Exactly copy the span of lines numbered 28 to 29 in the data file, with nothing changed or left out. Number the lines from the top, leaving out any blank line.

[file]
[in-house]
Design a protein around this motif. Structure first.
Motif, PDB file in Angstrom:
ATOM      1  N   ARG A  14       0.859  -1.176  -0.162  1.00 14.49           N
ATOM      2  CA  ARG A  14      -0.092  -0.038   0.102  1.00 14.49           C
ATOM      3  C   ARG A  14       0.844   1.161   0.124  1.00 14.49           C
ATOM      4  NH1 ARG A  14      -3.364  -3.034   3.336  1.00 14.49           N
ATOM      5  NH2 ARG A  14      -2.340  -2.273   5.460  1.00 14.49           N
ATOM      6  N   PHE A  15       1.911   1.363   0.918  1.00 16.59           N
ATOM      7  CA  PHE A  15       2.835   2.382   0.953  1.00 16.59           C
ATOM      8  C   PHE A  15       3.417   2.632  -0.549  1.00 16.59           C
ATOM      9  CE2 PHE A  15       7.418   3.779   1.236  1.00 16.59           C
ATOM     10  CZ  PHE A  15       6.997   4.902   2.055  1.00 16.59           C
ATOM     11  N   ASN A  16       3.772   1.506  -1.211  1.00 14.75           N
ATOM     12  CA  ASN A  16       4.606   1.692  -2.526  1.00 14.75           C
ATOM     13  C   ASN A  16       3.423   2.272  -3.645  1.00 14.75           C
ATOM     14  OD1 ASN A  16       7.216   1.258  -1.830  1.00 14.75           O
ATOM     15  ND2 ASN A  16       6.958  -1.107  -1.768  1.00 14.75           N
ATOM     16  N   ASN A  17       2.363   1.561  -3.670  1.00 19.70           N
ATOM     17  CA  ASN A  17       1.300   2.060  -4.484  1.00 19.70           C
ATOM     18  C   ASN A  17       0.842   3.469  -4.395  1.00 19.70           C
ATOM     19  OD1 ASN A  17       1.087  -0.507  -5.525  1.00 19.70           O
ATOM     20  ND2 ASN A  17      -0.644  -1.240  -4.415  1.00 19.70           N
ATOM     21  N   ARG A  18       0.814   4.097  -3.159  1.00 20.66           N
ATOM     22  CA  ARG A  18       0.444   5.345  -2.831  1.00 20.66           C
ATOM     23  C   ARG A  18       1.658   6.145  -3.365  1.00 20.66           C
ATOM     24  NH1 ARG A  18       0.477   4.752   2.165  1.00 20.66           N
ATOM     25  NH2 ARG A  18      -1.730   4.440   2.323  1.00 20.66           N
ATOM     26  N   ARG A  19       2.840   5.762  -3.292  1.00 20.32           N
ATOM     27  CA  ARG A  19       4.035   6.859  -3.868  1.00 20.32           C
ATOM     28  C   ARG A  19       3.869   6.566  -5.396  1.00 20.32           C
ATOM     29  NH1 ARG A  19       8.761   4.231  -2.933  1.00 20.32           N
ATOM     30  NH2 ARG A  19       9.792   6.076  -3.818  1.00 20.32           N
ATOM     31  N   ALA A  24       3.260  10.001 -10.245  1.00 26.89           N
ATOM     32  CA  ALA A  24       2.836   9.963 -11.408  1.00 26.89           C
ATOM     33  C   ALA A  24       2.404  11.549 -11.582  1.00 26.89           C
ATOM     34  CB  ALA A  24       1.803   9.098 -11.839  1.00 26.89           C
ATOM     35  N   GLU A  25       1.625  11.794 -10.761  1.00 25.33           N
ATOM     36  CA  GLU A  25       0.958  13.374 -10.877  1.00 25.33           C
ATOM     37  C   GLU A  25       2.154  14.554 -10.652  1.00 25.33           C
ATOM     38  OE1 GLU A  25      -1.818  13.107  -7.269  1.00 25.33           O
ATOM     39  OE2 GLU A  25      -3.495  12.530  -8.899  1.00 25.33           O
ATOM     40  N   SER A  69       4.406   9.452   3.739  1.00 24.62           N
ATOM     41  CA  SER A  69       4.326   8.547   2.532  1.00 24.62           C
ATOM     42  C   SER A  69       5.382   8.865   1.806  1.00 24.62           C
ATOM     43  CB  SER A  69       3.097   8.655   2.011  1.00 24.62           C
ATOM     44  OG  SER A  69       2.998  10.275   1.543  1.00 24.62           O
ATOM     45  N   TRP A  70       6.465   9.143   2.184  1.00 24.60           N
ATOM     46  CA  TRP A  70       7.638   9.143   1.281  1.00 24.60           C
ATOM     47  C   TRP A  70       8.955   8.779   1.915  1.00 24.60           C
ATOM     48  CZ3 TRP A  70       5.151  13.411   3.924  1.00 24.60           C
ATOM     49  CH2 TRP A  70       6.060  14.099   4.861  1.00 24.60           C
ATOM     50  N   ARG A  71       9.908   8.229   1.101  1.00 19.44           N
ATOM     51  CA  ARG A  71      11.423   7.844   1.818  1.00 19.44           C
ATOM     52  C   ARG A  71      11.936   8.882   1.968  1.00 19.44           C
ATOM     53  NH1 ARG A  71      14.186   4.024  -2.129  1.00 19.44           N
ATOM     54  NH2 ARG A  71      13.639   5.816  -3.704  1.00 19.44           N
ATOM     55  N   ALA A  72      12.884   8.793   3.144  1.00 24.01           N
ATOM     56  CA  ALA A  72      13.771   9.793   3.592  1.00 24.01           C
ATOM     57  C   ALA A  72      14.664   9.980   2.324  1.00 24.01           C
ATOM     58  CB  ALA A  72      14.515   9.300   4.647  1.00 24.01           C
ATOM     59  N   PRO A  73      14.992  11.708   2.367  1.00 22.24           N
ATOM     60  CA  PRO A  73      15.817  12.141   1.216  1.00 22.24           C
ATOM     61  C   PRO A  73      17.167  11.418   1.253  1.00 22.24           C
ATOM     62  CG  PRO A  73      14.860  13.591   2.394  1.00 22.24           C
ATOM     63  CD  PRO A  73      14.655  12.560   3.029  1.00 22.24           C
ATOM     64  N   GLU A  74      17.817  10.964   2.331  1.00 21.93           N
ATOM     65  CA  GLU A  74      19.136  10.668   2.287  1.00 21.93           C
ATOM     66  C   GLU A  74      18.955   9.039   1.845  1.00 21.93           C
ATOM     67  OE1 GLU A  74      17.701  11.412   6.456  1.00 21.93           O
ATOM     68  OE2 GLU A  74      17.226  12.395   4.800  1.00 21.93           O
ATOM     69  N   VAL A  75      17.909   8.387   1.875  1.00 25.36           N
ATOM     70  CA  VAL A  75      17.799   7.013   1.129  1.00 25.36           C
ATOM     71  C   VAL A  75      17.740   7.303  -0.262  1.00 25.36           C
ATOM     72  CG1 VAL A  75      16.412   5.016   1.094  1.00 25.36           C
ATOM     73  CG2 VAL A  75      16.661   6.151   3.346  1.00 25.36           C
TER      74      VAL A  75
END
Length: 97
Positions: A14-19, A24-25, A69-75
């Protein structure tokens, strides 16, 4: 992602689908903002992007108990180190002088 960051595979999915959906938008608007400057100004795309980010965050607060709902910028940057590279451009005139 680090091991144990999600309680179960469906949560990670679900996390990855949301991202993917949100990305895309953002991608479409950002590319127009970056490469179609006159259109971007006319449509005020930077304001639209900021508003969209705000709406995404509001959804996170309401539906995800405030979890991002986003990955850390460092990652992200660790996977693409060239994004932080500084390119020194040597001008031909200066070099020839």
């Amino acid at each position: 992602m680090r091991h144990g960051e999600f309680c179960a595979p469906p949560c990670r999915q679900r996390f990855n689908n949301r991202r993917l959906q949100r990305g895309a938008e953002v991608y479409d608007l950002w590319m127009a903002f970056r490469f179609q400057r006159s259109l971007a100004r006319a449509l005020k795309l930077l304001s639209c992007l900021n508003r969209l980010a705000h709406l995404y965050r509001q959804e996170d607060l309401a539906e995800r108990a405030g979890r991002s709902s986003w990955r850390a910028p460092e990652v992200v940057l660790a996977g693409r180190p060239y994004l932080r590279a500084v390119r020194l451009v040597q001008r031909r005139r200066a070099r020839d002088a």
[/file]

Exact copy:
ATOM     25  NH2 ARG A  18      -1.730   4.440   2.323  1.00 20.66           N
ATOM     26  N   ARG A  19       2.840   5.762  -3.292  1.00 20.32           N